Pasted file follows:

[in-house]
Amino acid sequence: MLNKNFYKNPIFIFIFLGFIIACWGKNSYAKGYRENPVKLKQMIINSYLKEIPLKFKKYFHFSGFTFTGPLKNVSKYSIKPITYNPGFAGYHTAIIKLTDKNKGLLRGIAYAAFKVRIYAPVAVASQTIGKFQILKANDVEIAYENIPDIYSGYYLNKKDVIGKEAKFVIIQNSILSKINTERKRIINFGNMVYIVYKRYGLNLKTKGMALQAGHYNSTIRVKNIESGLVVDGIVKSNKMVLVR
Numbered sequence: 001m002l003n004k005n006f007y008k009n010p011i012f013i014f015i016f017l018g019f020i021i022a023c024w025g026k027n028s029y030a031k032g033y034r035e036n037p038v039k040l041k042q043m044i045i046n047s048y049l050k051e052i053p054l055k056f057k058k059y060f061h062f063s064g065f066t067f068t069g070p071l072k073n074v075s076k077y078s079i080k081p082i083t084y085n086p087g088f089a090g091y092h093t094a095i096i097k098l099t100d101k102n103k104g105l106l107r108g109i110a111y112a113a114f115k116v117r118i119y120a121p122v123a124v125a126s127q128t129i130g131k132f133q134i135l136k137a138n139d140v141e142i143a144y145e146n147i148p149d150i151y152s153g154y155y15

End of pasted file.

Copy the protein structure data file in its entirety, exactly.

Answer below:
[in-house]
Amino acid sequence: MLNKNFYKNPIFIFIFLGFIIACWGKNSYAKGYRENPVKLKQMIINSYLKEIPLKFKKYFHFSGFTFTGPLKNVSKYSIKPITYNPGFAGYHTAIIKLTDKNKGLLRGIAYAAFKVRIYAPVAVASQTIGKFQILKANDVEIAYENIPDIYSGYYLNKKDVIGKEAKFVIIQNSILSKINTERKRIINFGNMVYIVYKRYGLNLKTKGMALQAGHYNSTIRVKNIESGLVVDGIVKSNKMVLVR
Numbered sequence: 001m002l003n004k005n006f007y008k009n010p011i012f013i014f015i016f017l018g019f020i021i022a023c024w025g026k027n028s029y030a031k032g033y034r035e036n037p038v039k040l041k042q043m044i045i046n047s048y049l050k051e052i053p054l055k056f057k058k059y060f061h062f063s064g065f066t067f068t069g070p071l072k073n074v075s076k077y078s079i080k081p082i083t084y085n086p087g088f089a090g091y092h093t094a095i096i097k098l099t100d101k102n103k104g105l106l107r108g109i110a111y112a113a114f115k116v117r118i119y120a121p122v123a124v125a126s127q128t129i130g131k132f133q134i135l136k137a138n139d140v141e142i143a144y145e146n147i148p149d150i151y152s153g154y155y15